Minot, North Dakota
In 1886, James J. Hill’s Great Northern Railway was pushing its way across North Dakota. As winter set in, the workers were having difficulty constructing a trestle across Gassman Coulee, so they decided to call it quits for the season. It was plain this would be the end of the line for a while, so the railroad chose the site for a town. The land was owned by homesteader Erik Ramstad. The railroad convinced him to relinquish his claim, and he subsequently became one of the town’s leaders.
The railroad named many of North Dakota’s towns. The town of Minot was named after Henry D. Minot, an ornithologist and railroad investor. He was also a friend of James J. Hill.
The population grew rapidly in the early 1900s due to the railroad construction and the availability of unclaimed land. The city was referred to as the “Magic City” because it seemed to spring up overnight. Minot is the county seat of Ward County.
The city developed an unsavory reputation during Prohibition having become a supply hub for Al Capone’s bootlegging business. A network of underground tunnels aided the hiding and transporting of illegal liquor smuggled in from Canada. The shady activity earned Minot the nickname of “Little Chicago.”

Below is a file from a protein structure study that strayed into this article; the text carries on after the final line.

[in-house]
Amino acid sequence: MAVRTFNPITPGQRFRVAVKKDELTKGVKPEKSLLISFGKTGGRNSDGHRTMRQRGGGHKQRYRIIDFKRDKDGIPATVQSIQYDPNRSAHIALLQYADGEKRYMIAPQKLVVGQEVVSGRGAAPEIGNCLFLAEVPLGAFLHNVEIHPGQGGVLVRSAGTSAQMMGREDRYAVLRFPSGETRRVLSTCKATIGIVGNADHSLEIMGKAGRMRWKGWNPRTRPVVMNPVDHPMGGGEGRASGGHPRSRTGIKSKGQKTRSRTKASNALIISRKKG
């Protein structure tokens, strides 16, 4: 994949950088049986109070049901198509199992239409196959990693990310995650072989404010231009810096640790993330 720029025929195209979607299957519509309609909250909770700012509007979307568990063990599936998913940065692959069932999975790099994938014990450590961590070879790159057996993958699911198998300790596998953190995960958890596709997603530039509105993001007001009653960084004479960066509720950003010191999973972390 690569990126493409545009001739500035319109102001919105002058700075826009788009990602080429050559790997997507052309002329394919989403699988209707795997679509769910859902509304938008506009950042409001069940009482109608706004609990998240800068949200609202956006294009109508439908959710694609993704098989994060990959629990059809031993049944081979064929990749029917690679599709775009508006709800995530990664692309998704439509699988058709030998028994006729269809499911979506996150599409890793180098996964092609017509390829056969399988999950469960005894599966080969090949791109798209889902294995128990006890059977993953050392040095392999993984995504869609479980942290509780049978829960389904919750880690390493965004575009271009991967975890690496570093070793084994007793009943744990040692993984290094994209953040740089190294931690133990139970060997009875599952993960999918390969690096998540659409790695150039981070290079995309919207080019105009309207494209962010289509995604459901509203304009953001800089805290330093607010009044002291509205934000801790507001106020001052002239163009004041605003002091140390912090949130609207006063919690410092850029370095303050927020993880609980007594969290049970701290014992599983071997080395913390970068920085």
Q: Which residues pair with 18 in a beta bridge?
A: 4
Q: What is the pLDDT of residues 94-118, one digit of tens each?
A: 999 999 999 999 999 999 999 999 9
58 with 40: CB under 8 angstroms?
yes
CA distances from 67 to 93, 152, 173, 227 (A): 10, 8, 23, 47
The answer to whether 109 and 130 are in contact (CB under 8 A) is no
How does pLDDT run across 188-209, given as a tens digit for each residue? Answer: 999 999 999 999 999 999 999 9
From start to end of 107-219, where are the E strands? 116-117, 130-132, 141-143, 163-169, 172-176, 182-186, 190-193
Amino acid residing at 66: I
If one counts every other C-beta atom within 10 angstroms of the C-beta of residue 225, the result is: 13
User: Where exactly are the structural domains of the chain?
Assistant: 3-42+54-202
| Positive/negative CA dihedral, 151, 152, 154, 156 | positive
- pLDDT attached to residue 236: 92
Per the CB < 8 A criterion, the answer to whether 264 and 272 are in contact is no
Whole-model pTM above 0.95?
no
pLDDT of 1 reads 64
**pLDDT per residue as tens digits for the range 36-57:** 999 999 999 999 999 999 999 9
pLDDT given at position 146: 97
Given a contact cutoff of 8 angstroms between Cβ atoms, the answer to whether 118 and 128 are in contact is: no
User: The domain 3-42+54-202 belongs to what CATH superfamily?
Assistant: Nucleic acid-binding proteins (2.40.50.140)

Another chapter in the town’s history began in 1956 when the Minot Air Force Base was built thirteen miles north of the city. This cold war activity spurred an increase in population and led to a boom in business and construction.
Like several other towns in North Dakota, Minot suffered from flooding. The Souris River devastated the city in 1969. After the flood, the Army Corps of Engineers straightened the river and build flood control structures.
A different calamity struck in 2002. A train derailment spilled anhydrous ammonia on the edge of the city. One man died and many were sickened and injured. It was one of the worst chemical spills in the country.
As of the 2010 census, the Minot population was about 40,000, making it the state’s fourth-largest city. Nearly 40% of the population is of Scandinavian ancestry, and the town hosts the Norsk Hostfest, North America’s largest Scandinavian-American festival. The Scandinavian Heritage Park features a magnificent stave church and a giant Dala horse.
Dakota Datebook written by Carole Butcher
United States Census. "http://factfinder.census.gov/faces/tableservices/jsf/pages/productview.xhtml?pid=DEC_10_PL_GCTPL2.ST13&prodType=table" http://factfinder.census.gov/faces/tableservices/jsf/pages/productview.xhtml?pid=DEC_10_PL_GCTPL2.ST13&prodType=table Accessed 31 May, 2015.